Tens of thousands of demonstrators marched from Harlem to the Upper East Side home of billionaire Mayor Michael Bloomberg on Father’s Day, June 17, to protest the New York City Police Department’s discriminatory stop-and-frisk policy. At its height, the march stretched for 30 blocks, according to NY1 TV news.
The silent march, initiated by 1199SEIU, the NAACP and the National Action Network (NAN), was endorsed by 300 organizations and saw people of all colors and creeds, young and old, gay and straight, marching shoulder to shoulder to demand an end to a policy that stopped 685,724 New Yorkers last year. Almost nine in 10 are Black or Latino, and nine in 10 are totally innocent.
Black and Latino males between the ages of 14 and 24 account for 4.7 percent of the city’s population, but 41.6 percent of the stops in 2011. And although the retrieval of guns is the ostensible reason for the stops, no gun was retrieved in 99.9 percent of last year’s stops.
One of the most common signs in the march read “End Stop and Frisk” and was carried by several thousand 1199ers who came from as far as Massachusetts and Maryland.
“I’m here to support my New York brothers and sisters, but this is not just a New York issue,” said Sam Osebor, an 1199SEIU LPN at North Reading NH in Massachusetts. “Racial profiling takes place around the country.”
”My son-in-law has been humiliated by the police and I have a small grandson who I don’t want to have to go through the same thing,” said Lazar Hristic, an 1199er who recently retired from Elmhurst Hospital.
Liz Richardson traveled to the march on a bus from Poughkeepsie with her family and co-workers from Vassar Brothers Medical Center. She said, “I’m here with my sons and my grandsons. Today, is about making the world a safer place, a kinder place, a better place for them.”
1199SEIU President George Gresham was among the marchers in the lead contingent. Others included Donna Lieberman, New York Civil Liberties Union executive director; the Rev. Al Sharpton, NAN president; Benjamin Jealous, NAACP president ; Marion Wright Edelman, the Children’s Defense Fund president; Assemblyman Guillermo Linares and a host of leaders from the political, labor, rights and faith-based communities.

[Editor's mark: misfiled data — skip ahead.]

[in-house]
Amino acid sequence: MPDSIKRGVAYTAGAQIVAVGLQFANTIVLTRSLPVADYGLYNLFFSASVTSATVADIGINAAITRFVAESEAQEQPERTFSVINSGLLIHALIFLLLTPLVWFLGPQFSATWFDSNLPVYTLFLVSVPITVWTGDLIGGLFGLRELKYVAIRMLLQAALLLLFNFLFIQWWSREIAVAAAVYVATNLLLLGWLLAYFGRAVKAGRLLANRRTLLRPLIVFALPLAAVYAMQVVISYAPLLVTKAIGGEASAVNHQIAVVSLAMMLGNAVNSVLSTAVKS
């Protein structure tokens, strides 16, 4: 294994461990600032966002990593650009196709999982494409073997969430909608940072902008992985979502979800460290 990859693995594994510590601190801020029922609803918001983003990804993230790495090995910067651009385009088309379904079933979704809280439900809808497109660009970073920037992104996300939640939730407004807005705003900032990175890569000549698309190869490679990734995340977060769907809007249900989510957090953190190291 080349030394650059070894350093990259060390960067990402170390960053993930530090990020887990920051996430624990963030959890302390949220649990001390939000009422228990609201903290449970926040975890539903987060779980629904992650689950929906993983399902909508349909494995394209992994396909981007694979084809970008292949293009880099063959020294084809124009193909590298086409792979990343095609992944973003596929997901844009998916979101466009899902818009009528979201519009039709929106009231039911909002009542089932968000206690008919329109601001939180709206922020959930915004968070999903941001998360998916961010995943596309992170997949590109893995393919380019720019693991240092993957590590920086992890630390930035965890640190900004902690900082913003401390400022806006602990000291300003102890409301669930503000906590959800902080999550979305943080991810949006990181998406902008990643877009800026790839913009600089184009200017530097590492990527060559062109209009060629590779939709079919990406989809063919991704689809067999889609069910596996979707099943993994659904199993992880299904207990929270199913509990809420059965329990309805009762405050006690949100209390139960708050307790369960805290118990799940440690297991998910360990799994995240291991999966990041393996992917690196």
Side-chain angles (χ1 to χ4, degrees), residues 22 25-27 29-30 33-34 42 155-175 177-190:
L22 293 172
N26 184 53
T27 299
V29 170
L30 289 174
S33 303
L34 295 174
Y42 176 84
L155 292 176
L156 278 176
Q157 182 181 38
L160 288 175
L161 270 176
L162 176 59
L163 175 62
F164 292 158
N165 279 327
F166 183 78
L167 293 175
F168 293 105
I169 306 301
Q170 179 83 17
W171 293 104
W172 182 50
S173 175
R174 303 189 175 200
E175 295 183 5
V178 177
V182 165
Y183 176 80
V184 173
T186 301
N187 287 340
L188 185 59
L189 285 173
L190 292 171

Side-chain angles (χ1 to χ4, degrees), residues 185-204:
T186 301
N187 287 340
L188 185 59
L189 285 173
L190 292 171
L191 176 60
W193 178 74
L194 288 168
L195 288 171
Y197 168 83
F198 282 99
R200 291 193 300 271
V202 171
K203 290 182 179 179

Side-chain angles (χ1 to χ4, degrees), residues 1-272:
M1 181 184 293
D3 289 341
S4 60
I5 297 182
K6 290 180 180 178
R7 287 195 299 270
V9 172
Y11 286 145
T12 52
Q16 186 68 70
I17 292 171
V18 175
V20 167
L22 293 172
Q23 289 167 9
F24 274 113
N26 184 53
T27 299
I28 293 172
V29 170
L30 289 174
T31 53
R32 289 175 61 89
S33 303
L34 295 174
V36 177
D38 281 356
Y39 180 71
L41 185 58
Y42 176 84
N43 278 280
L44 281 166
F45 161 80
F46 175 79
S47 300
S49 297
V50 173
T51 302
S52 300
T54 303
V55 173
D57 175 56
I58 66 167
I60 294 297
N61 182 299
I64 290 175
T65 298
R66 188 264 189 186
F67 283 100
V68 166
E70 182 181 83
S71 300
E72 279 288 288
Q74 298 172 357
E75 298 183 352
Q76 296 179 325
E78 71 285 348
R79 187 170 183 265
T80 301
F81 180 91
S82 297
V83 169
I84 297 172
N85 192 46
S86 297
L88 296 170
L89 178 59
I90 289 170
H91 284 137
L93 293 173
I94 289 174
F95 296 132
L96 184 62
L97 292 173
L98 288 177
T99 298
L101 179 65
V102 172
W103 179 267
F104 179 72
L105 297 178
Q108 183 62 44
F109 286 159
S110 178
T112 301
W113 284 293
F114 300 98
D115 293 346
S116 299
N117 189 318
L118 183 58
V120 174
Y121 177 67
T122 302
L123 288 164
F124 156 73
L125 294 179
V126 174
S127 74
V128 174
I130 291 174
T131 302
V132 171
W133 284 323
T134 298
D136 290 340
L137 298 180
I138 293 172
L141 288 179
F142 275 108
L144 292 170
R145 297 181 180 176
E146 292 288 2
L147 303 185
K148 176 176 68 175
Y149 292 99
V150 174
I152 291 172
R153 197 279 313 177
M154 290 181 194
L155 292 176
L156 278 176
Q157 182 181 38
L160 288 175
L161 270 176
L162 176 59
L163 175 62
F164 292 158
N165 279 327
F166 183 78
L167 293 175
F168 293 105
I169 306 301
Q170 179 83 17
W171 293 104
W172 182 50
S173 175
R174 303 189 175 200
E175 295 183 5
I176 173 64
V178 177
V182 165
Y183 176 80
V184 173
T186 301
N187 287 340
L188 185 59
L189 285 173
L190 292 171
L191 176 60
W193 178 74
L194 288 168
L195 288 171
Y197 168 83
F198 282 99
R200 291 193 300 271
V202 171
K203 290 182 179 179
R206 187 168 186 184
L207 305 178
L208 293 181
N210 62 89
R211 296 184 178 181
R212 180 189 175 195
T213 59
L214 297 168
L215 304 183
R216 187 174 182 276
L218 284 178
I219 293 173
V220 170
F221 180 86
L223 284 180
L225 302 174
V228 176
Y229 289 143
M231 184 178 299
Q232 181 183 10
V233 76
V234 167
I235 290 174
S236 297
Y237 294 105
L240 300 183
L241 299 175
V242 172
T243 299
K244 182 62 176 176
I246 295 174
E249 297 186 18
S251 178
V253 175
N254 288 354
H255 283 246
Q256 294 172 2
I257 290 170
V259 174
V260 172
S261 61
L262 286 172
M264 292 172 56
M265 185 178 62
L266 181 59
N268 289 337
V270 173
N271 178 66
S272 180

The march began in Harlem, an area where racial profiling is rampant. The march proceeded in silence and stretched beyond Fifth Avenue’s Museum Mile. Marchers walked solemnly past museum goers and many carried placards recalling slain youth such as Sean Bell and Amadou Diallo and calling for justice for the late Ramarley Graham, the son of 1199er Constance Malcolm. Graham, although unarmed, was shot dead in February by an NYPD officer in his grandmother’s apartment and in front of his six- year-old brother.
Peace and LGBT organizations, Jewish, Moslem and Christian leaders took part. The Occupy movement was well represented, with marchers from different regions.
SEIU 32BJ, Laborers International Union, United Federation of Teachers, the Postal
Workers Union and the United Auto Workers were among the unions with sizable contingents.
“This march is about our sons and husbands,” said Staten Island 1199er Marie Tyndale, a Rumsey Hospital appointment clerk. “At what point do we say enough? And it is not only our men who are profiled. I’ve been stopped in Staten Island while driving at night.”
“We’re calling upon the New York City Council to pass the Community Justice Act, which would help to end the abuses,” said the NYCLU’s Lieberman before the march. She said the marchers also are calling for an independent police inspector general.